• J.F. Geisz · M.A. Steiner · Ivan Garcia · R.M. France · D.J. Friedman · S.R. Kurtz ·
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    ABSTRACT: Nonradiative recombination in inverted GaInP junctions is dramatically reduced using a rear-heterojunction design rather than the more traditional thin-emitter homojunction design. When this GaInP junction design is included in inverted multijunction solar cells, the high radiative efficiency translates into both higher subcell voltage and high luminescence coupling to underlying subcells, both of which contribute to improved performance. Subcell voltages within two and four junction devices are measured by electroluminescence and the internal radiative efficiency is quantified as a function of recombination current using optical modeling. The performance of these concentrator multijunction devices is compared with the Shockley–Queisser detailed-balance radiative limit, as well as an internal radiative limit, which considers the effects of the actual optical environment in which a perfect junction may exist.
    IEEE Journal of Photovoltaics 01/2015; 5(1-1):418-424. DOI:10.1109/JPHOTOV.2014.2361014 · 3.17 Impact Factor
  • M. Ochoa · M. A. Steiner · I. García · J. F. Geisz · D. J. Friedman · C. Algora ·

    Progress in Photovoltaics Research and Applications 01/2015; DOI:10.1002/pip.2714 · 7.58 Impact Factor
  • Ivan Garcia · W.E. McMahon · M.A. Steiner · J.F. Geisz · Aron Habte · D.J. Friedman ·
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    ABSTRACT: The variability of the solar spectra in the field may reduce the annual energy yield of multijunction solar cells. It would, therefore, be desirable to implement a cell design procedure based on the maximization of the annual energy yield. In this study, we present a measurement technique to generate maps of the real performance of the solar cell for a range of light spectrum contents using a solar simulator with a computer-controllable spectral content. These performance maps are demonstrated to be a powerful tool for analyzing the characteristics of any given set of annual spectra representative of a site and their influence on the energy yield of any solar cell. The effect of luminescence coupling on buffering against variations of the spectrum and improving the annual energy yield is demonstrated using this method.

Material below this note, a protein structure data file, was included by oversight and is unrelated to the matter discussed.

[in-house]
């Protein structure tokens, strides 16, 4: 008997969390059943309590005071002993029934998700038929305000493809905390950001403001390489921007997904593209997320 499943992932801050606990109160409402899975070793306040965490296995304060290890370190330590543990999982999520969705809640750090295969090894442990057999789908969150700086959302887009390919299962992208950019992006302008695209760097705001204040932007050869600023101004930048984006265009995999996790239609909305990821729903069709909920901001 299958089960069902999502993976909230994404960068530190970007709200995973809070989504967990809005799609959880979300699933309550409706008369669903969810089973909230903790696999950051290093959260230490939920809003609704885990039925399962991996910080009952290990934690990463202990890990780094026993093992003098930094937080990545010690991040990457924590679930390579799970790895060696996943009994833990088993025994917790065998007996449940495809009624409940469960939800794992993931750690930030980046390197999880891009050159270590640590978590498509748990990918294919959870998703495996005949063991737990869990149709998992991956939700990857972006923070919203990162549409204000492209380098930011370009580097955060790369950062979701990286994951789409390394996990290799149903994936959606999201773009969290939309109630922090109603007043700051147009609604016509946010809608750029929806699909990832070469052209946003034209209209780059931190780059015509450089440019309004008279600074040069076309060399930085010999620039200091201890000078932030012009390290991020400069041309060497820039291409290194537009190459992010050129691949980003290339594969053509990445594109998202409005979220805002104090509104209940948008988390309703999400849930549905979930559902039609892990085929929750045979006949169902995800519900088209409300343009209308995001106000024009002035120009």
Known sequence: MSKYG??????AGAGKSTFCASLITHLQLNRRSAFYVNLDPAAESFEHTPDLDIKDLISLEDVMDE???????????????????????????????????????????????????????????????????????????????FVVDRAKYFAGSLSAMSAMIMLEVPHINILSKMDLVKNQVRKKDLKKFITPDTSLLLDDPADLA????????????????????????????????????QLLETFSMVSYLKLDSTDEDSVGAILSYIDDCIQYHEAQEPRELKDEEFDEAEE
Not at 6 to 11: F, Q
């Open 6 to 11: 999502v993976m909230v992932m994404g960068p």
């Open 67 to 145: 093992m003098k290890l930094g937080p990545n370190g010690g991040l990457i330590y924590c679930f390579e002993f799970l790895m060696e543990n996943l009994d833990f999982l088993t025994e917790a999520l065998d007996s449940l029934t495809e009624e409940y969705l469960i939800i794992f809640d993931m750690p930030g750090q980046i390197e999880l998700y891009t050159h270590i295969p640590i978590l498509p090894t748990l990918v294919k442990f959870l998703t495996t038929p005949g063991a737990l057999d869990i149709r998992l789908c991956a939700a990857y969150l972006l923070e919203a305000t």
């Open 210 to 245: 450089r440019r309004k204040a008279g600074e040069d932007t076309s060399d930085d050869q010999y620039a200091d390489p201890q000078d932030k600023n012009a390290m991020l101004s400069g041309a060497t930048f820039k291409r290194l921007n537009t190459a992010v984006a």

IEEE Journal of Photovoltaics 01/2015; 5(1-1):438-445. DOI:10.1109/JPHOTOV.2014.2364128 · 3.17 Impact Factor
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    Nabil Mohammad · Peng Wang · Daniel J Friedman · Rajesh Menon ·
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    ABSTRACT: We report the enhancement of photovoltaic output power by separating the incident spectrum into 3 bands, and concentrating these bands onto 3 different photovoltaic cells. The spectrum-splitting and concentration is achieved via a thin, planar micro-optical element that demonstrates high optical efficiency over the entire spectrum of interest. The optic (which we call a polychromat) was designed using a modified version of the direct-binary-search algorithm. The polychromat was fabricated using grayscale lithography. Rigorous optical characterization demonstrates excellent agreement with simulation results. Electrical characterization of the solar cells made from GaInP, GaAs and Si indicate increase in the peak output power density of 43.63%, 30.84% and 30.86%, respectively when compared to normal operation without the polychromat. This represents an overall increase of 35.52% in output power density. The potential for cost-effective large-area manufacturing and for high system efficiencies makes our approach a strong candidate for low cost solar power.